Fiber Bragg gratings are formed by periodic variations of the refractive index in the core of an optical fiber. These periodic variations allow a fiber Bragg grating to pass the majority of light propagating through a fiber while reflecting back a narrow band of the incident light with a particular peak wavelength called the Bragg wavelength. In response to induced disturbances, the Bragg wavelength changes, making the grating a versatile sensing device. However, because they are “written” in germano-silicate fibers, the gratings are expected to fail at high temperatures because of the devitrification (crystallization) of the host material and the dissipation of the gratings themselves.
To assess the stability of Bragg gratings at high temperatures, researchers at the NASA Glenn Research Center evaluated the performance of the devices at temperatures up to 1000 °C using commercially available polyimide-coated high-temperature gratings annealed by the manufacturer to 300 °C. The gratings were placed in a furnace, and the signals generated by them were sent to photodetectors and, from there, to a spectrum analyzer. After that, the signals were fed into a computer equipped with LabVIEW software. This software was used to control and monitor the equipment as well as to process the data.
The tests included thermal cycling from room temperature to 750 and 1000 °C as well as prolonged exposure of the gratings to 1000 °C. The thermal limits of the tests were restricted by the test configuration and could be extended to even higher temperatures.
Left: Test results from continuous operation of Bragg gratings at 1000 °C after 400 hr. Right: Formation of a stable response during the first 25 hr.
The left graph shows test results from continuous operation of Bragg gratings at 1000 °C for over 400 hr. The right graph describes events that happened during the first 25 hr of testing. It also shows the transition from degradation in the grating reflectivity to a formation of a stable response after 15 to 16 hr. The following graph demonstrates test results from continuous thermal cycling of Bragg gratings from room temperature to 1000 °C. It clearly shows the first run (cycle) during which the transient phenomenon and the formation of the stable response occur. After that, the consequent runs show very high repeatability. During the tests, the gratings were able to track the temperature measured by reference s-type thermocouples within 3-percent accuracy.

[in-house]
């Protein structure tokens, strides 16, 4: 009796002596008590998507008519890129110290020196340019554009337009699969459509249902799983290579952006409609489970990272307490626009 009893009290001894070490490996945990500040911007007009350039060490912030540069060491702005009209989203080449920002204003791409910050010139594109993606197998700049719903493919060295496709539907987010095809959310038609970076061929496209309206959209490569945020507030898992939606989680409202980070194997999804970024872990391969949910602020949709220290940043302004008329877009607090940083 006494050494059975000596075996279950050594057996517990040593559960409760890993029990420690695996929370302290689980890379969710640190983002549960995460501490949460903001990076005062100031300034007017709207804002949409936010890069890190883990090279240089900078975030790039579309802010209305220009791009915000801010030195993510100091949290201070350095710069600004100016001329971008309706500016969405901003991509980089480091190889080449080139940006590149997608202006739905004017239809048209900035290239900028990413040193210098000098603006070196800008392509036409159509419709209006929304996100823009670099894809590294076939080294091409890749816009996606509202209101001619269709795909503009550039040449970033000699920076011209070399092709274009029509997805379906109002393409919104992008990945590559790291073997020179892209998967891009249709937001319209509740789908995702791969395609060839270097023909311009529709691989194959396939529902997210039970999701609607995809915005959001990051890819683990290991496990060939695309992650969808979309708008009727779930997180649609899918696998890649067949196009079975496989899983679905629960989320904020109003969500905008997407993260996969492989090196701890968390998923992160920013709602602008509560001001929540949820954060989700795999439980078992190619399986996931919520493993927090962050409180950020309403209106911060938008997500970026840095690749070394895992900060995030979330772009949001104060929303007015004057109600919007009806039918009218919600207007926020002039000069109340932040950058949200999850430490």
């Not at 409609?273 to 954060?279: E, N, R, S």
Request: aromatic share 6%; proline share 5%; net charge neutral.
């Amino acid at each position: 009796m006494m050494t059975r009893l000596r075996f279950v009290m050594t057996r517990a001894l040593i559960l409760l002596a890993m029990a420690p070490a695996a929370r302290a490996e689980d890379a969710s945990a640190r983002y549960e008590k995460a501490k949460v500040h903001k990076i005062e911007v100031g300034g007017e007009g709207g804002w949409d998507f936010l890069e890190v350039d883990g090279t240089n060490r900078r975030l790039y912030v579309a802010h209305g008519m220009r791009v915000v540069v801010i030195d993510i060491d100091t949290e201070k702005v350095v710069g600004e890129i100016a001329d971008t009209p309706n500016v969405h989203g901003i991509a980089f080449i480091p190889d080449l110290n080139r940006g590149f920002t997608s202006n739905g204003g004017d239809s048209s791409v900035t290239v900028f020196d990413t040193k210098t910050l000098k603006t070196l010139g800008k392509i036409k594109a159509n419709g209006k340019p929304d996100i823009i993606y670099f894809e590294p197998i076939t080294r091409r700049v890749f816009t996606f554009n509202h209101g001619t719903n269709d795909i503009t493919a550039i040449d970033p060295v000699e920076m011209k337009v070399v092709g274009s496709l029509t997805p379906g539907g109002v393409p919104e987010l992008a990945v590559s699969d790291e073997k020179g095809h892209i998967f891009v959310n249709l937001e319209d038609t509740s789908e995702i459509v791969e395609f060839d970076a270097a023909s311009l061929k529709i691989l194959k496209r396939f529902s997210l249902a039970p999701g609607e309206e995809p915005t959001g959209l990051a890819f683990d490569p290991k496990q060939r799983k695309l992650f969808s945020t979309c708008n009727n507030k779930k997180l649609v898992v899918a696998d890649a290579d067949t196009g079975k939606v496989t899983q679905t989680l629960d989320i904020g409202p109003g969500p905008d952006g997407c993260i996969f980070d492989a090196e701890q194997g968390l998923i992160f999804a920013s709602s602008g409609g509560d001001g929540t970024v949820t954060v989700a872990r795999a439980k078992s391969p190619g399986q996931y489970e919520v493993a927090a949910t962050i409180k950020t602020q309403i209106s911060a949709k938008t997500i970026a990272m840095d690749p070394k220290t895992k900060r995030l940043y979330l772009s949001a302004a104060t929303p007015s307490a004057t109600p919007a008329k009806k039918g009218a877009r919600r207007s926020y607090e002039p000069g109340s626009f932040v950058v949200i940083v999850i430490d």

Test results from thermal cycling of Bragg gratings from room temperature to 1000 °C.
The tests confirmed the formation, at high temperatures, of secondary thermally stable gratings in the germania-doped glasses. These secondary gratings were formed in place of the primary ones originally written by the ultraviolet light. Our results were corroborated by similar data obtained independently and simultaneously by other research groups, including Sabeus Photonics, United States; Royal Institute of Technology, Sweden; and Communication Research Center, Canada.
Juergens, J., et al.: Thermal Evaluation of Fiber Bragg Gratings at Extreme Temperatures. AIAA-2005-1214, 2005.
Juergens, Jeffrey, et al.: Thermal Evaluation of Fiber Bragg Gratings at Extreme Temperatures. NASA/TM--2005-213560 (AIAA-2005-1214), 2005. http://gltrs.grc.nasa.gov/cgi-bin/GLTRS/browse.pl?2005/TM-2005-213560.html
Dr. Grigory Adamovsky, 216-433-3736, Grigory.Adamovskyemail@example.com
Author: Dr. Grigory Adamovsky
Headquarters program office: Aeronautics Research, VSP
Programs/Projects: LEAP, AEFT
Last updated: October 16, 2006
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